Top-of-atmosphere (TOA) radiances, which are measured by satellite thermal infrared sensors, are the combination of three energy types. TOA includes the emitted radiance from Earth’s surface, the upwelling radiance from the atmosphere, and the down welling radiance from the sky [26] . The differences between the TOA radiances, and land surface temperatures are influenced by atmospheric conditions. In the present study, despite the fact that the satellite images were selected during the same season, a normalization method was applied to avoid annual variation in atmospheric conditions [12] . This correction was performed by calculation of land surface spectral emissivity (ɛ), which varied significantly due to differences in soil and vegetation cover characteristics [27] . Land surface spectral emissivity values were estimated from NDVI values [28] , (Table 3).

NDVI was used to transform multispectral data into a single image band representing vegetation distribution [29] . NDVI values indicate the amount of green vegetation in a pixel. The standard algorithm was computed using ENVI 4.8 software, from the equation published in [30] . NDVI values range from −1 to +1; with higher values indicating more green vegetation. In highly vegetated areas, NDVI typically ranges from 0.1 to 0.6, whereas urban surface and water values are negative. The normalization method used equation (3) to extract UHIs from LSTs (Table 4).



Ui: UHI;

Ts: LST;

Tmin and Tmax: minimum and maximum LST retrieved from all data, excluding extremes.

4. Results and Discussion

Unsupervised/supervised image classification procedures for Landsat Thematic Mapper data obtained during 1987-2012 were employed to generate detailed land use categories. Unsupervised classification classes were

Table 3. NDVI values and its corresponding values of land surface spectral emissivity.

Table 4. Urban Heat Island (UHI) range and its classification.

very similar to those produced in the supervised classification scheme.

Maximum likelihood supervised classification was applied to Landsat images acquired in 1987, 2000, and 2012 to assess land cover classes. Six land use categories were identified (Figure 2), including:

1) Surface water;

2) Quaternary playa deposits;

3) Fluviatile and lacustrine deposits;

4) Nile deposits and cultivated area;

5) Urbanized land; and 6) Miocene (gypsum and carbonate deposits).

Each class was checked and verified in the field using a Garmin 38 GPS unit, where more than 25 ground data sites were visited and examined. Results have shown that the urbanized areas have been increased from 49 km2 in 1987 to 57 km2 in 2012, whereas the areas of vegetation-cover have been expanded from 3.0 km2 in 1987 to 26 km2 in 2012.

[31] stated that with population growth, a consequent rise in urbanization takes place. This implies that the increasing building-rate in cities resulted in a noticeable reduction in green areas coupled with marked increase in impervious surfaces. [32] demonstrated that the excessive heat energy absorbed by an urban construction is large enough to raise the average temperature of urban areas by several degrees relative to surrounding nonurban areas.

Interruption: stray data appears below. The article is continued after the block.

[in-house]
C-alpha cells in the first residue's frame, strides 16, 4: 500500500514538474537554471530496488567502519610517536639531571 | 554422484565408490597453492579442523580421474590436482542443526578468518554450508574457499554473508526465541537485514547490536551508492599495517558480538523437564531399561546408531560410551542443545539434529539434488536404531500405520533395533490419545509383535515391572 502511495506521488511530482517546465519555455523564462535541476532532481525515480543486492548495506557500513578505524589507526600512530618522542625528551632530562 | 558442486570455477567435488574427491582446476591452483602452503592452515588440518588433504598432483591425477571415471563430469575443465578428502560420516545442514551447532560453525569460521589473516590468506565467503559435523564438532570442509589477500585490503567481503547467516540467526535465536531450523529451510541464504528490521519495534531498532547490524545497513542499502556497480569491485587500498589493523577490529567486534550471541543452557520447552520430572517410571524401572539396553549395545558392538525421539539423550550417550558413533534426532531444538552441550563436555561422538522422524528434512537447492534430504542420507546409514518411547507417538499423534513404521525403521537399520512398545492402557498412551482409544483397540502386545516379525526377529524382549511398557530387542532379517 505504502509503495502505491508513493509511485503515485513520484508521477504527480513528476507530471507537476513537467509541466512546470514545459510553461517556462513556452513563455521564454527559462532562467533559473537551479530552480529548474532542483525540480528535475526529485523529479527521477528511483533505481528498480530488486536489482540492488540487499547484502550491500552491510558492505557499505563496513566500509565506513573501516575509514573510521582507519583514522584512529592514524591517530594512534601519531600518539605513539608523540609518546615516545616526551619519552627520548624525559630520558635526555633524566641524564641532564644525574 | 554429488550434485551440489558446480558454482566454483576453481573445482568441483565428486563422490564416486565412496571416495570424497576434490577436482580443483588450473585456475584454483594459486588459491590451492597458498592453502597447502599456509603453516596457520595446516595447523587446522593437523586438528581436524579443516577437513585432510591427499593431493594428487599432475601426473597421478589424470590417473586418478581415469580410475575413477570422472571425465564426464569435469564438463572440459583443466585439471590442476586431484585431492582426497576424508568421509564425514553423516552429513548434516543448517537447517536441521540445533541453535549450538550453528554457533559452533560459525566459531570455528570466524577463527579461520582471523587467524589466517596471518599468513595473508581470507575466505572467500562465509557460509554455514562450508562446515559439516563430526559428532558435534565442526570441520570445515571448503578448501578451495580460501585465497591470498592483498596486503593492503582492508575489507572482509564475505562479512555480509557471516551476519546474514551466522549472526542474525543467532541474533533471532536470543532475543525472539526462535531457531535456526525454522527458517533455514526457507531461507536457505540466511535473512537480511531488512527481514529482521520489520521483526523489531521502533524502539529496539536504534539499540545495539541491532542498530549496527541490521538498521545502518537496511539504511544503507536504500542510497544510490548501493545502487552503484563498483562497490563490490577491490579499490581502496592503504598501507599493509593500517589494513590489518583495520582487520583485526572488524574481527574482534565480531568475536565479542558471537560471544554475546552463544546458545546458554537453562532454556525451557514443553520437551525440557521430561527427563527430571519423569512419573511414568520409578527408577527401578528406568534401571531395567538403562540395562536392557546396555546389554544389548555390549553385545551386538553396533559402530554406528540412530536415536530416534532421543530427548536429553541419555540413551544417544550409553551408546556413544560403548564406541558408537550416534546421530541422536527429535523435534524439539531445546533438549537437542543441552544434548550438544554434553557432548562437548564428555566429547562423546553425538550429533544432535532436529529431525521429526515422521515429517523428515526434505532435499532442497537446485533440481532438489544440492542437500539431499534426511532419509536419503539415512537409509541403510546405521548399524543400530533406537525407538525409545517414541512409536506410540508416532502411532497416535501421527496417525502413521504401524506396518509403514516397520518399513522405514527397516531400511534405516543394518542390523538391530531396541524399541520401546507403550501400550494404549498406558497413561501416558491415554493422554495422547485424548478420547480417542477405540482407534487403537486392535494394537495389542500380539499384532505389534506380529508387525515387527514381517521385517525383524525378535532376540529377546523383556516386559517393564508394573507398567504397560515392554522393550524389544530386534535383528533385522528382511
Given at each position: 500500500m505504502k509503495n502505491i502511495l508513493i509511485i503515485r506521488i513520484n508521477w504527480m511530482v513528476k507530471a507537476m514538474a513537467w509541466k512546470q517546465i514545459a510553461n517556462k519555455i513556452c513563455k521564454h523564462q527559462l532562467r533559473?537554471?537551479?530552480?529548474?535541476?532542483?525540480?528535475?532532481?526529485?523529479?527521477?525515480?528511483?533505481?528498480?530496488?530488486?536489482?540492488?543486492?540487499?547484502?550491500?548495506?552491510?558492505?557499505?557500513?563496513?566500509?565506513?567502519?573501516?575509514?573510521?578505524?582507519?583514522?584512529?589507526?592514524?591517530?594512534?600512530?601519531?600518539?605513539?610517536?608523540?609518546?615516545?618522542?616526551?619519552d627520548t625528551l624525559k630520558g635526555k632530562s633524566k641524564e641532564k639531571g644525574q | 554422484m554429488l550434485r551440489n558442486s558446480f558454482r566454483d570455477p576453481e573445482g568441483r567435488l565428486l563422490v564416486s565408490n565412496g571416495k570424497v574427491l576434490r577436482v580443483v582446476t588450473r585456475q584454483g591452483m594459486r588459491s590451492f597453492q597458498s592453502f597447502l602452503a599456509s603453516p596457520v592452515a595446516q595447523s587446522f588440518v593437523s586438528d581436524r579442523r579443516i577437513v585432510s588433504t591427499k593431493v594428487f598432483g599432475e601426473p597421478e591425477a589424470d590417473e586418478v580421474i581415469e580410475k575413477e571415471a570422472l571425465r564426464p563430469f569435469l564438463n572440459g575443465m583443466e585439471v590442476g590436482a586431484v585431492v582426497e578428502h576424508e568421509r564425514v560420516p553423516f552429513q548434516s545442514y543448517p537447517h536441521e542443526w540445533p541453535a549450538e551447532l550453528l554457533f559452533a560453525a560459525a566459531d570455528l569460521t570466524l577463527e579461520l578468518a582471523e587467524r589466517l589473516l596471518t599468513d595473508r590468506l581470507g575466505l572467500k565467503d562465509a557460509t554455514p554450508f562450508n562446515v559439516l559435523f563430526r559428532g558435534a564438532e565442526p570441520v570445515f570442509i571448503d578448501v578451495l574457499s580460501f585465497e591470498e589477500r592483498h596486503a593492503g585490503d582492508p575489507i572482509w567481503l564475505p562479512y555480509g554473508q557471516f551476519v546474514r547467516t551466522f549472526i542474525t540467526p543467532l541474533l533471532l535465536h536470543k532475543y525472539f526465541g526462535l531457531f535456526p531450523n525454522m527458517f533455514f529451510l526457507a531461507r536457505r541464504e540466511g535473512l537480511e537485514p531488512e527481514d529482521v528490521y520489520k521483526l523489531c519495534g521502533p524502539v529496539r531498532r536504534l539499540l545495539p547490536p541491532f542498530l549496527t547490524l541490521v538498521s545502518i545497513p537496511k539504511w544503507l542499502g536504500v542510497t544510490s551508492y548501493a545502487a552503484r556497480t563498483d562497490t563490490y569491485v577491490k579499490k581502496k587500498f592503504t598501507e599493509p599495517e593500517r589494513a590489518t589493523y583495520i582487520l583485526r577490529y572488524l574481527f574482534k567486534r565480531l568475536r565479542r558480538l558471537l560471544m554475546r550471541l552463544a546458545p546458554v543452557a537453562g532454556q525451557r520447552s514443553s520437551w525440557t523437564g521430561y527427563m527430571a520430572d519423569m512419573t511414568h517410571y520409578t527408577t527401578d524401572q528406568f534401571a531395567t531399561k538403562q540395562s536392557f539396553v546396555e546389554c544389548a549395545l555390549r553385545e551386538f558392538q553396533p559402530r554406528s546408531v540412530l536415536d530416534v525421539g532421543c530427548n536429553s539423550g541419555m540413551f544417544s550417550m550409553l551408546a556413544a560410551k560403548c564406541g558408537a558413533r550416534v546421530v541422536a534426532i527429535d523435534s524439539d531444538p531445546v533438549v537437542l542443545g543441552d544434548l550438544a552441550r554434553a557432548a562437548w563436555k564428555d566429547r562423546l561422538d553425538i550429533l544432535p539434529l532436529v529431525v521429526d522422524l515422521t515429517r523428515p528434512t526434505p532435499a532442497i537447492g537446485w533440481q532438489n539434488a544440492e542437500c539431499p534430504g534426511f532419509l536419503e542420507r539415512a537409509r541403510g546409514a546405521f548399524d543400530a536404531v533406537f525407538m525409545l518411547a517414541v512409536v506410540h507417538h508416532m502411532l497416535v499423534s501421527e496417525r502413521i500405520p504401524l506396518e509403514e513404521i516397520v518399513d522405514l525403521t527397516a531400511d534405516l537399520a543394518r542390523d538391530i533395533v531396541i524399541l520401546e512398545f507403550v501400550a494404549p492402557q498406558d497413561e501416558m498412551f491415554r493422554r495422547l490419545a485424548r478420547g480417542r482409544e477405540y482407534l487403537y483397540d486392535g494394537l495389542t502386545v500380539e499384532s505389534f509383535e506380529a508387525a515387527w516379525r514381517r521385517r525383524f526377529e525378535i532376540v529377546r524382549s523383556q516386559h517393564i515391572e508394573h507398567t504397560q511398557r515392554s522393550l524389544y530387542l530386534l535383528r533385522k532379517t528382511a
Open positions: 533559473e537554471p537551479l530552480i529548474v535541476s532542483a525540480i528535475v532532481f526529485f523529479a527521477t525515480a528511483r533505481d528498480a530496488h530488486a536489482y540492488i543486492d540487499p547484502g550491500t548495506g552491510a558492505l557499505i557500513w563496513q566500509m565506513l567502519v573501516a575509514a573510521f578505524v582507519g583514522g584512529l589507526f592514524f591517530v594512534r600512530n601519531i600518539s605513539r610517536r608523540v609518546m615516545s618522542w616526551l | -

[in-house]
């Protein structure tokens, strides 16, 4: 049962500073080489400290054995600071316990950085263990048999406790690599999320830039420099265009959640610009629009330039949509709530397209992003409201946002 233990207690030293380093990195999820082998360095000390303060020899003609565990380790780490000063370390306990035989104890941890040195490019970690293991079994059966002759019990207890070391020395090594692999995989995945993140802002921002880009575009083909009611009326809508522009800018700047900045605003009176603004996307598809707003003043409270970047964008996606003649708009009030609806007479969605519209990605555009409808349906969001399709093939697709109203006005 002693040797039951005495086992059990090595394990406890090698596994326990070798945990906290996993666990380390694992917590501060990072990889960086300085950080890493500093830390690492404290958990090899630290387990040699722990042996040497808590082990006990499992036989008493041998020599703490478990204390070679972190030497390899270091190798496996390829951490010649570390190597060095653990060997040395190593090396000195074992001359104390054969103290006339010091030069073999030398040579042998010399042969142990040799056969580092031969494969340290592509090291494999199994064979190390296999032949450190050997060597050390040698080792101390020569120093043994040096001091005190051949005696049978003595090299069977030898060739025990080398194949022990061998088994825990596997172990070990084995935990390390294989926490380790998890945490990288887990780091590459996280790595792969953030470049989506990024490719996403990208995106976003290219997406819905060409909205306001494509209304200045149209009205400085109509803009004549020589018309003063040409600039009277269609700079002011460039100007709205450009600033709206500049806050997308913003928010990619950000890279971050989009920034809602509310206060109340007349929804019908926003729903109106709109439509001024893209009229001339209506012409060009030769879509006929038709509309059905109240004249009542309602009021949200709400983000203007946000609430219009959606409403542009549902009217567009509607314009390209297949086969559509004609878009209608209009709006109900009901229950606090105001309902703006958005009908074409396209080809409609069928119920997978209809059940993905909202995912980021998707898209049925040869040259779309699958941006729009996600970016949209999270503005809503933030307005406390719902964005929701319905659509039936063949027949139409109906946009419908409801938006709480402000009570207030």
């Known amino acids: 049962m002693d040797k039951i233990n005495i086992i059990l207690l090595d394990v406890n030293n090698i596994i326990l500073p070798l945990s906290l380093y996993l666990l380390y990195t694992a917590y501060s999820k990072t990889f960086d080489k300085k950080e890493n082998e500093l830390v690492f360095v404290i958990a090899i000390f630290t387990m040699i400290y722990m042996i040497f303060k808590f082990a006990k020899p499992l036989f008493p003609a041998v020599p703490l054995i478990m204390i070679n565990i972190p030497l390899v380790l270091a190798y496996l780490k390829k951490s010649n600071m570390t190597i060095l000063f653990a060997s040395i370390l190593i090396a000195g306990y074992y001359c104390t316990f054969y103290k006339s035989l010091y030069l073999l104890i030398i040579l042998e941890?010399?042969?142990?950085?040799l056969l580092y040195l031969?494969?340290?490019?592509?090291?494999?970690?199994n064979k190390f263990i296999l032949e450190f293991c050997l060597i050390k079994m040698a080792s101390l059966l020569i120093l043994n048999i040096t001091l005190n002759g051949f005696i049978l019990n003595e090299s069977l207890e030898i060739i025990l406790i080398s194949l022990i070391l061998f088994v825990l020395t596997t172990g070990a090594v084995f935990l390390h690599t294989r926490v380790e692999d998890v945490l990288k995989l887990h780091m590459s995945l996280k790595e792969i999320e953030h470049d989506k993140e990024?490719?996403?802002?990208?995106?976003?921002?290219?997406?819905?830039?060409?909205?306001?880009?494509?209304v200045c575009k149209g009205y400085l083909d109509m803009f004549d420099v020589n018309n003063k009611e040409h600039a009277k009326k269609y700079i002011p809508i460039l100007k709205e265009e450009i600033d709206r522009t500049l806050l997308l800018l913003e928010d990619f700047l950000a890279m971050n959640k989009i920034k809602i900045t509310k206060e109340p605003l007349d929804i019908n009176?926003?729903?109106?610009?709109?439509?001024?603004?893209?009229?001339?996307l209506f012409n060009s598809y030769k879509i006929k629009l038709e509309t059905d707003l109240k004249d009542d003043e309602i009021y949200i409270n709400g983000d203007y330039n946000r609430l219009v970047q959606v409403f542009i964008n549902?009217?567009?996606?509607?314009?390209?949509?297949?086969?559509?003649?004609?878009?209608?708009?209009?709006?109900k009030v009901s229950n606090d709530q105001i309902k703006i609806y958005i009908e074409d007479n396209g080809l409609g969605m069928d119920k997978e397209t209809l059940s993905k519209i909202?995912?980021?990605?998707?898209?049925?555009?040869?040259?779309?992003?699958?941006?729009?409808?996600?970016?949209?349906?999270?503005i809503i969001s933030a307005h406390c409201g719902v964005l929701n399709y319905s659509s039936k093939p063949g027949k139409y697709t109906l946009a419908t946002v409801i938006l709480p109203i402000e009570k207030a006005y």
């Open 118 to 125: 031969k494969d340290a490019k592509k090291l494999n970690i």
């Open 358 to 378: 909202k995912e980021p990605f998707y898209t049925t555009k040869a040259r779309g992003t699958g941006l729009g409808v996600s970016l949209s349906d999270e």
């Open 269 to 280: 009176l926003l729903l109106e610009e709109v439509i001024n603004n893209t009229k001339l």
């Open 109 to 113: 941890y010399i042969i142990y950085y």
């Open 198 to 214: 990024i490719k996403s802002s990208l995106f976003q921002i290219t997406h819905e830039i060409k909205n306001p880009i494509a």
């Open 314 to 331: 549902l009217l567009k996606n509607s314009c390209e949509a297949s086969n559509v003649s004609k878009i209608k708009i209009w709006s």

In the present study, it was found that remote sensing technology was of adequate usage to monitor the impacts of urban growth and vegetation expansion on thermal environment in the North Gulf of Suez over the last 25 years. The thermal bands were processed to obtain radiant surface temperatures to investigate spatial and temporal effects of UHI associated with increasing urbanization and vegetation cover. Results have shown that the urban temperatures decreased from 1987 to 2012 (Figure 3). This can be explained in terms of the increasing role of the agricultural activities done over the last 25 years. During this period, many cultivated areas have replaced barren poor land. The UHI mitigation strategies, such as urban vegetation, play a remarkable role in cooling the urban environment. [33] have evidenced the significant role of vegetation cover in cooling effect, where the plants absorb much of the incoming solar radiation, and dissipate energy via transpiration rather than energy conversion to heat.

Efforts conducted to increase cultivated lands in urban environments help in reduction of surface temperature and cooling of the surrounding air.

Based upon the above findings, it is herein confirmed that the urban development and vegetation expansion are the major land cover changes that significantly impacted the thermal environment in the northern part of the Gulf of Suez during the last 25 years.

Figure 2. Landuse/landcover changes during 1987-2012 in the North Gulf of Suez.

Figure 3. Urban heat island during 1987-2012 in the North Gulf of Suez.

5. Conclusions

1) Three sets of Landsat Thematic Mapper images were used to classify land cover, and calculate UHIs in the northern part of the Gulf of Suez during 1987-2012.

2) Six land use classes were identified, including: surface water, quaternary playa deposits, fluviatile and lacustrine deposits, Nile deposits and cultivated area, urbanized land, and Miocene (gypsum and carbonate deposits).

3) Urbanized areas have been increased from 49 km2 in 1987 to 57 km2 in 2012, whereas the areas of vegetation-cover have been expanded from 3 km2 in 1987 to 26 km2 in 2012. Many barren lands are largely replaced by cultivated and vegetated ones.

4) Accordingly, the urban temperatures were directly decreased from 1987 (wide areas with very high and high temperatures) to 2012 (limited areas with moderate and low temperatures). Generally, moderate and low temperatures were progressively increased from 1987 to 2012.

5) The results of this study confirmed that urban development and vegetation expansion were the major land cover changes that significantly impacted the northern part of the Gulf of Suez thermal environment. The study has proved that despite the increased urban and industrial activities at the northern part of the Gulf of Suez, the thermal environment has experienced a decrease in values due to the expansion of cultivated/agricultural activities.